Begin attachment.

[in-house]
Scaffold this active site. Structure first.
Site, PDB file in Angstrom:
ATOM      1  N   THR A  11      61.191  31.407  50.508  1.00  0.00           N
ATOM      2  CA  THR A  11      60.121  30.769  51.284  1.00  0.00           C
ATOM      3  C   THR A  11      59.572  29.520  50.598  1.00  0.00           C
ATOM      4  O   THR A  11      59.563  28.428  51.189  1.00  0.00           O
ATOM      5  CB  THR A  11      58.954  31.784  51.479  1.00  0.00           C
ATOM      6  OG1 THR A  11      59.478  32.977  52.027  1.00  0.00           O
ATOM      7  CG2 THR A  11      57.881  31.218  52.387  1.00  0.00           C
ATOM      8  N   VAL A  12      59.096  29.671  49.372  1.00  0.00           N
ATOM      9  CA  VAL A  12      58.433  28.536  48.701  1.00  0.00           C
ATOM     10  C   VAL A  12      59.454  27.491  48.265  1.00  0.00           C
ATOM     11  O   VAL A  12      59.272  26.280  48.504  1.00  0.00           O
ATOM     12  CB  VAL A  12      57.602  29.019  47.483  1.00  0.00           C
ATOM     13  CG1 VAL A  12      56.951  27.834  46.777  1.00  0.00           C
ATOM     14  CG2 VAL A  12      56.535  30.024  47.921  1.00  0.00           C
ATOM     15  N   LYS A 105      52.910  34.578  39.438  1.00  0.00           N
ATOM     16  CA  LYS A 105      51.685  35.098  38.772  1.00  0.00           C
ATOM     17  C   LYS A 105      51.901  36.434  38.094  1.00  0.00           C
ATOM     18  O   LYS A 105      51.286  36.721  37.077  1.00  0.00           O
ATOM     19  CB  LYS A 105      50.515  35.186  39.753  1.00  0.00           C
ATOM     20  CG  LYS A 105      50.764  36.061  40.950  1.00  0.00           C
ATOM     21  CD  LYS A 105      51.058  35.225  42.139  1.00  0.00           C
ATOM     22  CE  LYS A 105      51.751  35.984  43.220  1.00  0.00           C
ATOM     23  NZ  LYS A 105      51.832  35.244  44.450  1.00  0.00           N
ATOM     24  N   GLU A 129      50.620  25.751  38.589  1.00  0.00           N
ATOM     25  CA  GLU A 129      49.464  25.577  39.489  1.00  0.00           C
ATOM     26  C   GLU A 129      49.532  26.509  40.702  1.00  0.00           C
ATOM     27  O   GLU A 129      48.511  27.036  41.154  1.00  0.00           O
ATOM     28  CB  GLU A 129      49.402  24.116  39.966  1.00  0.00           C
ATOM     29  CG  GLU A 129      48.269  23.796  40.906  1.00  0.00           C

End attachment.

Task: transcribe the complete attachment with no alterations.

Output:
[in-house]
Scaffold this active site. Structure first.
Site, PDB file in Angstrom:
ATOM      1  N   THR A  11      61.191  31.407  50.508  1.00  0.00           N
ATOM      2  CA  THR A  11      60.121  30.769  51.284  1.00  0.00           C
ATOM      3  C   THR A  11      59.572  29.520  50.598  1.00  0.00           C
ATOM      4  O   THR A  11      59.563  28.428  51.189  1.00  0.00           O
ATOM      5  CB  THR A  11      58.954  31.784  51.479  1.00  0.00           C
ATOM      6  OG1 THR A  11      59.478  32.977  52.027  1.00  0.00           O
ATOM      7  CG2 THR A  11      57.881  31.218  52.387  1.00  0.00           C
ATOM      8  N   VAL A  12      59.096  29.671  49.372  1.00  0.00           N
ATOM      9  CA  VAL A  12      58.433  28.536  48.701  1.00  0.00           C
ATOM     10  C   VAL A  12      59.454  27.491  48.265  1.00  0.00           C
ATOM     11  O   VAL A  12      59.272  26.280  48.504  1.00  0.00           O
ATOM     12  CB  VAL A  12      57.602  29.019  47.483  1.00  0.00           C
ATOM     13  CG1 VAL A  12      56.951  27.834  46.777  1.00  0.00           C
ATOM     14  CG2 VAL A  12      56.535  30.024  47.921  1.00  0.00           C
ATOM     15  N   LYS A 105      52.910  34.578  39.438  1.00  0.00           N
ATOM     16  CA  LYS A 105      51.685  35.098  38.772  1.00  0.00           C
ATOM     17  C   LYS A 105      51.901  36.434  38.094  1.00  0.00           C
ATOM     18  O   LYS A 105      51.286  36.721  37.077  1.00  0.00           O
ATOM     19  CB  LYS A 105      50.515  35.186  39.753  1.00  0.00           C
ATOM     20  CG  LYS A 105      50.764  36.061  40.950  1.00  0.00           C
ATOM     21  CD  LYS A 105      51.058  35.225  42.139  1.00  0.00           C
ATOM     22  CE  LYS A 105      51.751  35.984  43.220  1.00  0.00           C
ATOM     23  NZ  LYS A 105      51.832  35.244  44.450  1.00  0.00           N
ATOM     24  N   GLU A 129      50.620  25.751  38.589  1.00  0.00           N
ATOM     25  CA  GLU A 129      49.464  25.577  39.489  1.00  0.00           C
ATOM     26  C   GLU A 129      49.532  26.509  40.702  1.00  0.00           C
ATOM     27  O   GLU A 129      48.511  27.036  41.154  1.00  0.00           O
ATOM     28  CB  GLU A 129      49.402  24.116  39.966  1.00  0.00           C
ATOM     29  CG  GLU A 129      48.269  23.796  40.906  1.00  0.00           C